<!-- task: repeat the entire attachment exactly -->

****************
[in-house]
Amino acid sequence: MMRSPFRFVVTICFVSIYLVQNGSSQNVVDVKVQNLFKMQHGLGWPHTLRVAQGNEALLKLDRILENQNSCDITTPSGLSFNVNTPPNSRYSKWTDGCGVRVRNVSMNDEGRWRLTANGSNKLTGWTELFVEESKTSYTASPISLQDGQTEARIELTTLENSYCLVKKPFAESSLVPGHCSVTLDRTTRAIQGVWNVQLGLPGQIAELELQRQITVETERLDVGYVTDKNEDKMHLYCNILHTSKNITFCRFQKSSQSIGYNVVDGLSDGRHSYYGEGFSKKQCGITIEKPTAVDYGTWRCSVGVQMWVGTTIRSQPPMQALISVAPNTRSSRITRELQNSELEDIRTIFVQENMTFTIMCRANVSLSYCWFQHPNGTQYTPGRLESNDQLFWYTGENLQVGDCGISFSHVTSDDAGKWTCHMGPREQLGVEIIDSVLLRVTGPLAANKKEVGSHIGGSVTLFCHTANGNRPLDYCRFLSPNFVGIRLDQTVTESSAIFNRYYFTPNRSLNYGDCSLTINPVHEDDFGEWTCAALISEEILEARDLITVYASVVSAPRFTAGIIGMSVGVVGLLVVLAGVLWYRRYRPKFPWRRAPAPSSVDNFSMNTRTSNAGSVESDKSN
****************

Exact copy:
[in-house]
Amino acid sequence: MMRSPFRFVVTICFVSIYLVQNGSSQNVVDVKVQNLFKMQHGLGWPHTLRVAQGNEALLKLDRILENQNSCDITTPSGLSFNVNTPPNSRYSKWTDGCGVRVRNVSMNDEGRWRLTANGSNKLTGWTELFVEESKTSYTASPISLQDGQTEARIELTTLENSYCLVKKPFAESSLVPGHCSVTLDRTTRAIQGVWNVQLGLPGQIAELELQRQITVETERLDVGYVTDKNEDKMHLYCNILHTSKNITFCRFQKSSQSIGYNVVDGLSDGRHSYYGEGFSKKQCGITIEKPTAVDYGTWRCSVGVQMWVGTTIRSQPPMQALISVAPNTRSSRITRELQNSELEDIRTIFVQENMTFTIMCRANVSLSYCWFQHPNGTQYTPGRLESNDQLFWYTGENLQVGDCGISFSHVTSDDAGKWTCHMGPREQLGVEIIDSVLLRVTGPLAANKKEVGSHIGGSVTLFCHTANGNRPLDYCRFLSPNFVGIRLDQTVTESSAIFNRYYFTPNRSLNYGDCSLTINPVHEDDFGEWTCAALISEEILEARDLITVYASVVSAPRFTAGIIGMSVGVVGLLVVLAGVLWYRRYRPKFPWRRAPAPSSVDNFSMNTRTSNAGSVESDKSN